QUESTION: Just one clarification because I was using the Middle East example where the U.S. says that if the violence stops by Palestinians that there is a Palestinian state to be discussed, and the negotiations that are taking place there, which is also an historic dispute, by the way, that in that Palestinians are having some representation. So on the same side, in Kashmir, if the violence stops, are we talking of any kind of separate entity of Kashmir and would the people of Kashmir be participating?

MR. BOUCHER: I'm not trying to prejudge the outcome at this point, and I don't want to draw a simple analogy between two situations that do not have that many similarities and don't need to be solved in the same manner. The fact is that we've always said a settlement needs to be reached between the parties, meaning India and Pakistan, and needs to take into account the wishes of the people of Kashmir. That remains our view. But they'll have to figure out how to do it, in the end.


QUESTION: Getting back to Hamas for a second, are you concerned that their move today to end the ceasefire talks with Abbas, that it could prompt other organizations, other sort of groups, that Abbas needs to sort of keep in line for the roadmap to move forward? Are you concerned that these groups would also sort of follow Hamas' lead and break off negotiations as a way to reject the negotiations in Sharm el-Sheikh and Aqaba?

MR. BOUCHER: I don't know how to answer that. That asks me for a political prediction on the activities of violent terrorist groups and the attitudes that they might adopt. But it goes back, it really makes the same point, the fact that there is that question out there. It's not a matter of what they decide to do today or do tomorrow or declare today or declare tomorrow; it's what they can do.

And, eventually, we have to find a process that's going to eliminate their ability to carry out violent acts, because otherwise we're going to have to deal with this on a day-to-day basis how they feel when they wake up in the morning. The goal is to dismantle the terrorist infrastructure, and that has to remain our goal. That's what we will help the Palestinian Authority to do and that's what we'll keep pushing for.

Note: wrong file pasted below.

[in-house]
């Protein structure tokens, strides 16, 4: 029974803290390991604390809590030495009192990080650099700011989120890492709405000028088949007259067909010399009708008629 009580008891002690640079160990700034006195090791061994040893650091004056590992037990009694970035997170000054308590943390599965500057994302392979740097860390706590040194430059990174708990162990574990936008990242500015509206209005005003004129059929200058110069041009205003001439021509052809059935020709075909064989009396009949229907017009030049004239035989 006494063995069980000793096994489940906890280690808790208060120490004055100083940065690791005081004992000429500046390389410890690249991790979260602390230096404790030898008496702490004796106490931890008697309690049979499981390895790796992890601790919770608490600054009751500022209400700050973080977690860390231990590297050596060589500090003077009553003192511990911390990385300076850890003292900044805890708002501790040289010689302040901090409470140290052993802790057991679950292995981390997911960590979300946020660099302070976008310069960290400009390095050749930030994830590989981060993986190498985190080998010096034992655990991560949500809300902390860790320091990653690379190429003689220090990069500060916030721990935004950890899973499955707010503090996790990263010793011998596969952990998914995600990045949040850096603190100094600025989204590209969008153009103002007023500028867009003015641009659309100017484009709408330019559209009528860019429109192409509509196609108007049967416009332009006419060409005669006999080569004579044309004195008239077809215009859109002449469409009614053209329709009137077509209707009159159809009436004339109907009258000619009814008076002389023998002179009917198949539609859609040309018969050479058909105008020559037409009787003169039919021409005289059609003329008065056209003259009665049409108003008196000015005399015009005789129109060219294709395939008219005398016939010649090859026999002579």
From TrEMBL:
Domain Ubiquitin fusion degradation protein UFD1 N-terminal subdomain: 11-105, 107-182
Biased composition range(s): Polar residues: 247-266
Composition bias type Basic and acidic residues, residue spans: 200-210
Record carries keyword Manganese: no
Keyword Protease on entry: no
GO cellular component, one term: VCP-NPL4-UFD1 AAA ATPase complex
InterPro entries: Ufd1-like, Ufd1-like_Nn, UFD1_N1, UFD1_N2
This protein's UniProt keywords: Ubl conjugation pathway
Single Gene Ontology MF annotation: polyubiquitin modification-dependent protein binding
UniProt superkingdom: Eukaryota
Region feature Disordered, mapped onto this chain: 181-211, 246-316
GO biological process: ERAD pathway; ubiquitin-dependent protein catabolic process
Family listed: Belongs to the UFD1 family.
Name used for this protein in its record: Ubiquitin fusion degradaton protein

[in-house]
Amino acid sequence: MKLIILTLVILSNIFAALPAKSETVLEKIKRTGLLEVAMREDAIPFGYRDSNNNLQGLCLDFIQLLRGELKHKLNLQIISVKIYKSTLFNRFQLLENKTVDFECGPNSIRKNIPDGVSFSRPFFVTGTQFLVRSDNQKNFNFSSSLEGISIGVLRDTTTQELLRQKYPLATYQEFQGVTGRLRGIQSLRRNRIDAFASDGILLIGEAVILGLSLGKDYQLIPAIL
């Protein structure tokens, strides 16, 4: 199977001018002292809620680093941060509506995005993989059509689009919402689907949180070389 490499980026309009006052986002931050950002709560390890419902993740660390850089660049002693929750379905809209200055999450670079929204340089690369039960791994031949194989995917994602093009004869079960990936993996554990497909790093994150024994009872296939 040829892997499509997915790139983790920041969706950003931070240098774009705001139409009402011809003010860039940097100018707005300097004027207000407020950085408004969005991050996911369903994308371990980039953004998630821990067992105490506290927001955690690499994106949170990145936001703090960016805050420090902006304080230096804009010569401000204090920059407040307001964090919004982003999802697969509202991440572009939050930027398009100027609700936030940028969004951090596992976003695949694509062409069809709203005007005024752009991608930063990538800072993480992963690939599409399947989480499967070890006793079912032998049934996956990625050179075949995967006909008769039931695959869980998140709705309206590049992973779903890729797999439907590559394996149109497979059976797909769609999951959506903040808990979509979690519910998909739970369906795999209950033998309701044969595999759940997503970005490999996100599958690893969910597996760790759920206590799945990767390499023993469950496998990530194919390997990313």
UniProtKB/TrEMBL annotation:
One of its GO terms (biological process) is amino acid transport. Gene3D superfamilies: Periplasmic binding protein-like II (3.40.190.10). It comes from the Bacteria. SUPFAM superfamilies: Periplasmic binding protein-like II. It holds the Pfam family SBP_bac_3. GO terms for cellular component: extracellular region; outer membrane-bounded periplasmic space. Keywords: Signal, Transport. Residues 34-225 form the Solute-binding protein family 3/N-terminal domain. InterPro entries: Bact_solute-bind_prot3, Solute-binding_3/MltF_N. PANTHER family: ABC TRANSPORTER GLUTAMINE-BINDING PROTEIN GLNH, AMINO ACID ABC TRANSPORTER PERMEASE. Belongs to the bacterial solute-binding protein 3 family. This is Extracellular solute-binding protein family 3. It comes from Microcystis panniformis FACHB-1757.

I think our overall view is that there were significant achievements at these Red Sea summits, that the prospects for the Palestinians, the prospects for Israelis of seeing an end to violence and the easing of the conditions of life for the Palestinians, have improved quite a bit; and that there are steps the parties are committed to, and that we're working with the parties to implement, to make sure that the lives of Israelis become safer, and the lives of Palestinians become easier and more normal. So that's really what we want to produce out of this and we will be working to that effect.

QUESTION: But given that Hamas, even though it's a Foreign Terrorist Organization, does have some influence in the Palestinian territories, are you concerned that their repudiation of these summits, the negotiations that took place, are you concerned that their -- are you concerned that that represents a major block to the roadmap, a major challenge?

MR. BOUCHER: The challenge to the roadmap is the challenge that people who are committed to the roadmap to carry out the actions that they're committed to. And we'll be working with the parties to make sure they do. The fact that Hamas says today they feel violent, and tomorrow they feel less violent, we know that they are a violent organization. And I don't think that peace -- the whole idea of progress is based on the idea that they would suddenly, you know, feel nonviolent.

The idea of progress is based on the fact that we can get the parties to take actions that provide more security, that eliminate the terrorist infrastructure, and that improve the lives of ordinary Israelis and Palestinians alike.


QUESTION: Yes, the next week is the Turkish Foreign Minister, Deputy Foreign Minister, Mr. Ziyal, is coming to town, and he will meet several high-ranking officials. What is the agenda and who will accept him?

MR. BOUCHER: I'll have to get you something on that. I don't have anything on that yet.